Helpful Resource

The Complete Book of Birdhouse ConstructionComplete Book of Birdhouse Construction
Very concise illustrated guide with detailed plans for homes for house finches, great crested flycatchers, purple martins, phoebes, downy woodpeckers, wood ducks, and bluebirds, as well as specifications for many more. Read our full review.

10. Use Native Plants for Landscaping

Native plants have a tremendous advantage when it comes to landscaping—they are exceptionally well adapted to your area! When setting about beautifying your place in the country, consider some of the hardy plants that are native to your soil and climate.

11. Make Compost

Composting is not as difficult or mysterious as many books would lead you to believe. While there are many advantages to a precisely controlled hot compost pile, cold composting is a forgiving method that can have you looking like a pro in no time!

Helpful Resource

The Complete Compost Gardening GuideThe Complete Compost Gardening Guide
This friendly book makes composting easy! Read our full review.

12. Raise Earthworms

Earthworms are a gardener’s best friend! If you just want to introduce the children to these fun and fascinating animals, keep it simple and house some worms from your backyard in a clear jar with some garden soil and kitchen scraps for a while. Serious about raising earthworms? Try vermicomposting!

13. Identify the Plants in Your Pasture

What’s the best pasture grass to start with? Often it’s whatever is already occupying the place! Learn what plants, useful and toxic, are on your land, and use that information to find out how to manage your native pastures to advantage.

Helpful Resource

Grasses of Kansas
Our own guide to Kansas grasses, their characteristics, life cycles, ecology, uses, and hazards.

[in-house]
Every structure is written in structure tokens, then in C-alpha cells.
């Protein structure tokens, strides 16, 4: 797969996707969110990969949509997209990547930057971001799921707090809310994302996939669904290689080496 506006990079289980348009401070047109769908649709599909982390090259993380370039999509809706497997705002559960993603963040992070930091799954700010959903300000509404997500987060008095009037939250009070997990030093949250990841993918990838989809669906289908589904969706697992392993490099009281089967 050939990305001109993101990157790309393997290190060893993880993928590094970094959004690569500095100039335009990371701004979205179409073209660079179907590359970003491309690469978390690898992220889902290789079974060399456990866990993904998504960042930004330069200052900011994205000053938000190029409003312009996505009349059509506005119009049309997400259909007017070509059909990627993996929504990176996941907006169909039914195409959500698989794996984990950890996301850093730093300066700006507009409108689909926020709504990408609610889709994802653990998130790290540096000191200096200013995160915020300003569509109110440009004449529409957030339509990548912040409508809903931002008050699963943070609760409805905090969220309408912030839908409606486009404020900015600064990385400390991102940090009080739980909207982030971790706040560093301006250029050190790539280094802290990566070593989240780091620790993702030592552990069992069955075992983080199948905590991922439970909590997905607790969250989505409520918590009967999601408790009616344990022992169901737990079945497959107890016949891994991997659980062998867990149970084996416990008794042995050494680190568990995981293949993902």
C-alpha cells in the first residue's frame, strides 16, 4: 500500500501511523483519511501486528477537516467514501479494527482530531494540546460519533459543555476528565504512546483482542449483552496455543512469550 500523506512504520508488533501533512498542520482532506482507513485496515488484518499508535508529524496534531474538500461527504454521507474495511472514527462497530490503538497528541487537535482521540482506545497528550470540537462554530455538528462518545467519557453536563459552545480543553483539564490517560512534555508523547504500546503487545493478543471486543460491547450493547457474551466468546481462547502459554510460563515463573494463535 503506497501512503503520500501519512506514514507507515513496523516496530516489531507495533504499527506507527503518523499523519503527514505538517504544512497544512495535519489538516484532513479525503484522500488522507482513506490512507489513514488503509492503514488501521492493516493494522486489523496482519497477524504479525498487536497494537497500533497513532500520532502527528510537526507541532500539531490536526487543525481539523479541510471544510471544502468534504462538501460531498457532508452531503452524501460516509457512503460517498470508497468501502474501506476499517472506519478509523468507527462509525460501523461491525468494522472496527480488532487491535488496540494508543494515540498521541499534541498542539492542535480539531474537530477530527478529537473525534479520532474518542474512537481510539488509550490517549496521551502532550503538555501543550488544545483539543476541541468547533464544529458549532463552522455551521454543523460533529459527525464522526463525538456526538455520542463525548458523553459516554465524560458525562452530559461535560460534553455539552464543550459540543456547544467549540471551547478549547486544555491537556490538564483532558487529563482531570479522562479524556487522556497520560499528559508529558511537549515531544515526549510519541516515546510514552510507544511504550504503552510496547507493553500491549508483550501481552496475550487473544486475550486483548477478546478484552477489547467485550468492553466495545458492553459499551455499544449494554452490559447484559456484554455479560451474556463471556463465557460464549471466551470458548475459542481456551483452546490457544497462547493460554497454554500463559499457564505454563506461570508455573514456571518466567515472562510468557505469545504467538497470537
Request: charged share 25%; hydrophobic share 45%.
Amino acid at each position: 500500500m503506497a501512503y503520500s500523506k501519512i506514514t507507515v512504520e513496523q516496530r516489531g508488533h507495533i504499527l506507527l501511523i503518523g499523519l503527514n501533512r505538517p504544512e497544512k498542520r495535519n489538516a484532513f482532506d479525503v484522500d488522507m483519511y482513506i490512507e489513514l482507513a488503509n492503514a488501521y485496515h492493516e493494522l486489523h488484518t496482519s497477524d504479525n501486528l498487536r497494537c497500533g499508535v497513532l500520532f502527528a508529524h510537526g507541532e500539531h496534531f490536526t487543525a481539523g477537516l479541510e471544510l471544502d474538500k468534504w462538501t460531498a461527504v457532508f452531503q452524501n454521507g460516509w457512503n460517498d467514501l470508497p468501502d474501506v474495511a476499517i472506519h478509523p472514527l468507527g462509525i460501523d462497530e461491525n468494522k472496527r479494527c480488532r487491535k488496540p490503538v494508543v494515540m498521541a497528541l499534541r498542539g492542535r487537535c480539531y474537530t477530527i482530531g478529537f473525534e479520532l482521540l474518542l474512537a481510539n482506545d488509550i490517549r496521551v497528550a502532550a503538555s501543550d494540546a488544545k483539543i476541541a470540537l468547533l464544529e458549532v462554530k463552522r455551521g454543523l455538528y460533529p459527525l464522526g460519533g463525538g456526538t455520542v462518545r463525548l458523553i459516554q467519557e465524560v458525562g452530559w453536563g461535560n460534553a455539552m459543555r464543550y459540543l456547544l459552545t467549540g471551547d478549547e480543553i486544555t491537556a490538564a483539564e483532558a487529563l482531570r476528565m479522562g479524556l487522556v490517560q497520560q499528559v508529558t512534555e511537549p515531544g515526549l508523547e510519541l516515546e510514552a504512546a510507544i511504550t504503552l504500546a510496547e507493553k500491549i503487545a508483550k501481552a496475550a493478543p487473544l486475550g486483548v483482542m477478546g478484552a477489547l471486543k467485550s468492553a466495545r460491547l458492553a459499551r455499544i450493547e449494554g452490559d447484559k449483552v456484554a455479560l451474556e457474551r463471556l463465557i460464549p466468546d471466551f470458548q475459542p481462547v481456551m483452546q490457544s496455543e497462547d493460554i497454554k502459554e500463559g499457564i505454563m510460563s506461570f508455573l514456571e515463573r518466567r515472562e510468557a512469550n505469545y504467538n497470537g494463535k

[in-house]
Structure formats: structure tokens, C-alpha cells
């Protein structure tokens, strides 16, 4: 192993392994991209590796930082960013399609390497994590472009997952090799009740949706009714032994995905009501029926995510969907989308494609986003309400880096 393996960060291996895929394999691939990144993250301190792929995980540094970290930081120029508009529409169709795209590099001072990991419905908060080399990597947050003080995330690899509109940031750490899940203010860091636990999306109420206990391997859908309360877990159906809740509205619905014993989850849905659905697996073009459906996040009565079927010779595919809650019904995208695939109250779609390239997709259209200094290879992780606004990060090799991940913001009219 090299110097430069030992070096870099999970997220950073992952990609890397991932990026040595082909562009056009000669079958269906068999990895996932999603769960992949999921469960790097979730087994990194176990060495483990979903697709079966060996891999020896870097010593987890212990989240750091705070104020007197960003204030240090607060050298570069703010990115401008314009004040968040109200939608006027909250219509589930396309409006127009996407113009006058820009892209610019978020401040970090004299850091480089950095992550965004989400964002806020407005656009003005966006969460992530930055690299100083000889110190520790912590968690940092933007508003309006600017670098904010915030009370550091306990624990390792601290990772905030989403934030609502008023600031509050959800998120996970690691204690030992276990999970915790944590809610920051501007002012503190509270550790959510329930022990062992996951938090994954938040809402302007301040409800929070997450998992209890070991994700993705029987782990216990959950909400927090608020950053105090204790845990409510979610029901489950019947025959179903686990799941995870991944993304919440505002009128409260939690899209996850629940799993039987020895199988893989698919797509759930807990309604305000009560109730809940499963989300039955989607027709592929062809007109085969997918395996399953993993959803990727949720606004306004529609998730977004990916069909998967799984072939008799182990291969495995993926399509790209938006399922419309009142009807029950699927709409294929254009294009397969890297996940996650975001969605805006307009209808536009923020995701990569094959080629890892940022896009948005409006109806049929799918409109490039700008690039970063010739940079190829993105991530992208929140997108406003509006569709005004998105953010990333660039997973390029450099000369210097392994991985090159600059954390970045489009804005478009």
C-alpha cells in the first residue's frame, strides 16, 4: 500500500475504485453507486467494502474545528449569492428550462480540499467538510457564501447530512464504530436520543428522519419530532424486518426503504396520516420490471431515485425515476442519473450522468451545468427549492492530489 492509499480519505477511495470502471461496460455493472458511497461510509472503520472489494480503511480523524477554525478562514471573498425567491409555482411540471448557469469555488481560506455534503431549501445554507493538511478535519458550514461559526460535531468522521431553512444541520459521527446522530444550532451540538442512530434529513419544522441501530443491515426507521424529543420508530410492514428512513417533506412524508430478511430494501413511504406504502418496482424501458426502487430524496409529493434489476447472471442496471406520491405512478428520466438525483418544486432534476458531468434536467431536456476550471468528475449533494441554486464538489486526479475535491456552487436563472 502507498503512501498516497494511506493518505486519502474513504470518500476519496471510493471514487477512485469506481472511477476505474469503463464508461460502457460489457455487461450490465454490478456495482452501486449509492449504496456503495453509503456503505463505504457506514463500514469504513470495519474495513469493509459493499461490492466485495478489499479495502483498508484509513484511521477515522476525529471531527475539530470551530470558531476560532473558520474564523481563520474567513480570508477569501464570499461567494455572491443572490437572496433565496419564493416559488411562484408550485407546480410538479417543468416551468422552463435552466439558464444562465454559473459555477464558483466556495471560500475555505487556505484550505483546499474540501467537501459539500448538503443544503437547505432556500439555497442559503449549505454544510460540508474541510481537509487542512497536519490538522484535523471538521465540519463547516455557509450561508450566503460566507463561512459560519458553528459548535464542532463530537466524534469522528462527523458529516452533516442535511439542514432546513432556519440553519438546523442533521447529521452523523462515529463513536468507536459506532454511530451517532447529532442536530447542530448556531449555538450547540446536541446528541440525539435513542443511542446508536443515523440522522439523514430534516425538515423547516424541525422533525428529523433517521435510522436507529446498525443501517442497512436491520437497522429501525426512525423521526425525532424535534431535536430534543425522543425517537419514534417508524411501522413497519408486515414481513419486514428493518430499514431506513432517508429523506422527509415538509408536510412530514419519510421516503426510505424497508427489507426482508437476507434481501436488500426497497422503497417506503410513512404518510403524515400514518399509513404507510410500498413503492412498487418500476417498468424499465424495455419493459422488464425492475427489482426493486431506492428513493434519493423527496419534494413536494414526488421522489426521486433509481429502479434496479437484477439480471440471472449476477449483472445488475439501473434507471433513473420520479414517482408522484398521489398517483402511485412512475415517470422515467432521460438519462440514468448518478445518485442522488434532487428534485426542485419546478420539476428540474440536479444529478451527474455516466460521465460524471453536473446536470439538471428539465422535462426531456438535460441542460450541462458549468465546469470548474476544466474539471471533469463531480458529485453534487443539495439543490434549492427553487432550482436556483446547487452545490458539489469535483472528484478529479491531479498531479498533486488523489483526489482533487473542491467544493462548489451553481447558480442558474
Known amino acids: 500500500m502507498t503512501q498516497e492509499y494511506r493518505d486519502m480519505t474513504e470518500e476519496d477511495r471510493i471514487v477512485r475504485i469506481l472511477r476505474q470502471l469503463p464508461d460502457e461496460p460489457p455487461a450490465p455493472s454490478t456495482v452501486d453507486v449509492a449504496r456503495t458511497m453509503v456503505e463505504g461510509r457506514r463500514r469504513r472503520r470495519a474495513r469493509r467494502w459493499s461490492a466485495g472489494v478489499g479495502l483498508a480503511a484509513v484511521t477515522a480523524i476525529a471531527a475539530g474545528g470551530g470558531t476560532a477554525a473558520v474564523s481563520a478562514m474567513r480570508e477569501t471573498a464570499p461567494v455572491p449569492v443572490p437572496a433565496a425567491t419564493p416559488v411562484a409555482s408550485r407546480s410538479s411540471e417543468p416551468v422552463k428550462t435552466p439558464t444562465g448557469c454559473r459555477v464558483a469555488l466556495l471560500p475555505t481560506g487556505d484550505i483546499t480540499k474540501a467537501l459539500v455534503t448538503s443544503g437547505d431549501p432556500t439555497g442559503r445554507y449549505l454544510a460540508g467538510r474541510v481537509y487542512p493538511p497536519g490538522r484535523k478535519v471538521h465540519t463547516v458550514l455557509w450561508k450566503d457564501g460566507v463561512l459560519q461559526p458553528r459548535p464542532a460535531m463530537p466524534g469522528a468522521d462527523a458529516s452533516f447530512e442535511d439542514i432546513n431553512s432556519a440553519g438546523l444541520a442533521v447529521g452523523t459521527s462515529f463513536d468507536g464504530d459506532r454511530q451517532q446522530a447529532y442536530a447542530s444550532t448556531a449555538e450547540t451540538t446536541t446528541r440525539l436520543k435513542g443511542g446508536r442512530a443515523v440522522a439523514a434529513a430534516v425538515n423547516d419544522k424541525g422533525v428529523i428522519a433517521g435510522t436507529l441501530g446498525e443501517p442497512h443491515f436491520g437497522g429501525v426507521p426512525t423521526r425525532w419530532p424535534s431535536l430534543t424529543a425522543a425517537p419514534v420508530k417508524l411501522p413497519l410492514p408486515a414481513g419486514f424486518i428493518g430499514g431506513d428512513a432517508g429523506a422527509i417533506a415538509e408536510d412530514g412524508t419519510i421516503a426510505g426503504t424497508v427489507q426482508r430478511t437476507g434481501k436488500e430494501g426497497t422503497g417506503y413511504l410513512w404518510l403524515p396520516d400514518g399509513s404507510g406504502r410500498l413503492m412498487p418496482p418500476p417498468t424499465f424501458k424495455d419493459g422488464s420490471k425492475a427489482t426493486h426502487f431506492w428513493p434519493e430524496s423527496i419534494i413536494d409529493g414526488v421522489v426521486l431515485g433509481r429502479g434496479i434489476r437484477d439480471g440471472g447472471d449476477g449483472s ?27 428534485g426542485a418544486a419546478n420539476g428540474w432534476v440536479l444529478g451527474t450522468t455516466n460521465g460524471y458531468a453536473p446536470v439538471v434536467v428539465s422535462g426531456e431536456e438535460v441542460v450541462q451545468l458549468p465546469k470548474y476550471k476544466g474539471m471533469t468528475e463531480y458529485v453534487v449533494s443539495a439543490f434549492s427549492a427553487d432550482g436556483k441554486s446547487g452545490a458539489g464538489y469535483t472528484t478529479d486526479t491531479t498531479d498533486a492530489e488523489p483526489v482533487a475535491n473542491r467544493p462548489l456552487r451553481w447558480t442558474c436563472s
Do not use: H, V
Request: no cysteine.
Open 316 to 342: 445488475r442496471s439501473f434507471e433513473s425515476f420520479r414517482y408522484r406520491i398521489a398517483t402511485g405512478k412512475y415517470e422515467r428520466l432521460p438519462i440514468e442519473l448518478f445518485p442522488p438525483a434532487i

Kansas Wildflowers and Grasses
A very useful website with concise information and photos galore!

14. Press Flowers

While you’re in the pasture, collect some plants to press and store in a nature journal. Not only is this a fun craft, it will help you master plant identification over time.

15. Dry Herbs

Many gardeners believe that the flavor of homegrown herbs dried in small batches and stored for short periods of time is far superior to that of dried herbs that have sat on the grocery store shelf for a while. Fortunately, the skill of drying herbs is not a difficult one to acquire, and these days there are many methods, ranging from hanging up bundles of herbs in an airy place to using sophisticated solar dehydrators.

16. Save Heirloom Seeds

The practice of saving seeds to plant and to share is a time-honored one. Some old vegetable varieties are only around today because one dedicated gardener thought they were worth preserving. Make sure your favorite heirloom plants are still around for future generations by saving the seeds!

Helpful Resource

Vegetables